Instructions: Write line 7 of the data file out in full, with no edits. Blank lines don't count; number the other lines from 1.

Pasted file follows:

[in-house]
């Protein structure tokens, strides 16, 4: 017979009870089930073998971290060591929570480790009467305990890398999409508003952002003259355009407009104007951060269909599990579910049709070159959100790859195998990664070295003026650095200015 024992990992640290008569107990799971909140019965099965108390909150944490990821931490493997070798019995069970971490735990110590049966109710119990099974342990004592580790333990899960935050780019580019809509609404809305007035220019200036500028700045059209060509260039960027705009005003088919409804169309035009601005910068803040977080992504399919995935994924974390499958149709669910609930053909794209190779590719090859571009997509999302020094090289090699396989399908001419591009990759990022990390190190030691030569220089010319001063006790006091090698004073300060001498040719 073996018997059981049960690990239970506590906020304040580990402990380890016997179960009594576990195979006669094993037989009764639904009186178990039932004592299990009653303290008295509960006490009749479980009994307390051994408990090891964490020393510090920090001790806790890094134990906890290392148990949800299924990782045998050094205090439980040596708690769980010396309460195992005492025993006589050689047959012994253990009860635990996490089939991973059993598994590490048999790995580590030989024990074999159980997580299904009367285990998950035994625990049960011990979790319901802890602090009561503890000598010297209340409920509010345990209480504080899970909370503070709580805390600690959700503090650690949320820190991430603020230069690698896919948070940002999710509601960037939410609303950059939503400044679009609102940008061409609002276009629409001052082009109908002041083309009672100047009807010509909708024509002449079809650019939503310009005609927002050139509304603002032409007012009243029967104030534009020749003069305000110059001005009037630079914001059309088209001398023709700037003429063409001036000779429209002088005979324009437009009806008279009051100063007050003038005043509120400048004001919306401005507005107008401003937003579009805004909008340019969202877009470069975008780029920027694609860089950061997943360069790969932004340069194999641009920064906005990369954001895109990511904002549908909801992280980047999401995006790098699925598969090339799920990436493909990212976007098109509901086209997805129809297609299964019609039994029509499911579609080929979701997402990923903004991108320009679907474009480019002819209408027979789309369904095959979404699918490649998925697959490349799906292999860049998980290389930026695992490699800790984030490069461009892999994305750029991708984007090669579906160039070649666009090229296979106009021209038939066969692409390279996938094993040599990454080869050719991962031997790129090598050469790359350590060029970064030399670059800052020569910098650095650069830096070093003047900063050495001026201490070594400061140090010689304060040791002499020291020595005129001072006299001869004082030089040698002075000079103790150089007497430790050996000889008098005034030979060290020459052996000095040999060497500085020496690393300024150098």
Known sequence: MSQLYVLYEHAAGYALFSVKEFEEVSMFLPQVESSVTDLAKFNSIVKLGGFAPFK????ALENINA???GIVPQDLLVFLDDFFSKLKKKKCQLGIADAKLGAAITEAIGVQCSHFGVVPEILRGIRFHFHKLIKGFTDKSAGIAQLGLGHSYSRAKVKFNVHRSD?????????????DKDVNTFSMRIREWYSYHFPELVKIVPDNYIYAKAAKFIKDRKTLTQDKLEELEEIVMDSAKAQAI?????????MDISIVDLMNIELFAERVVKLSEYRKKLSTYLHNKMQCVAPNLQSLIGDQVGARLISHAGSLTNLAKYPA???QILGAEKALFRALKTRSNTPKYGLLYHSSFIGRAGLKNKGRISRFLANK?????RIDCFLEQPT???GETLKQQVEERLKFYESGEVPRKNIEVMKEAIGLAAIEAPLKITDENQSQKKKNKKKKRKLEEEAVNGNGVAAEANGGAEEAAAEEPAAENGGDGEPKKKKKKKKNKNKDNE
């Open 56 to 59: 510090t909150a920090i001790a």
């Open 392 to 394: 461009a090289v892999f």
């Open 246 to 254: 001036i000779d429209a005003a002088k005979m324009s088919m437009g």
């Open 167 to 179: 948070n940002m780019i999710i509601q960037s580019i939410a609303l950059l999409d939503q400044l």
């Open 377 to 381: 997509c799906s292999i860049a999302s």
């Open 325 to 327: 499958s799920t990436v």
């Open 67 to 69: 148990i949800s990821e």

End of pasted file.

């Open 167 to 179: 948070n940002m780019i999710i509601q960037s580019i939410a609303l950059l999409d939503q400044l």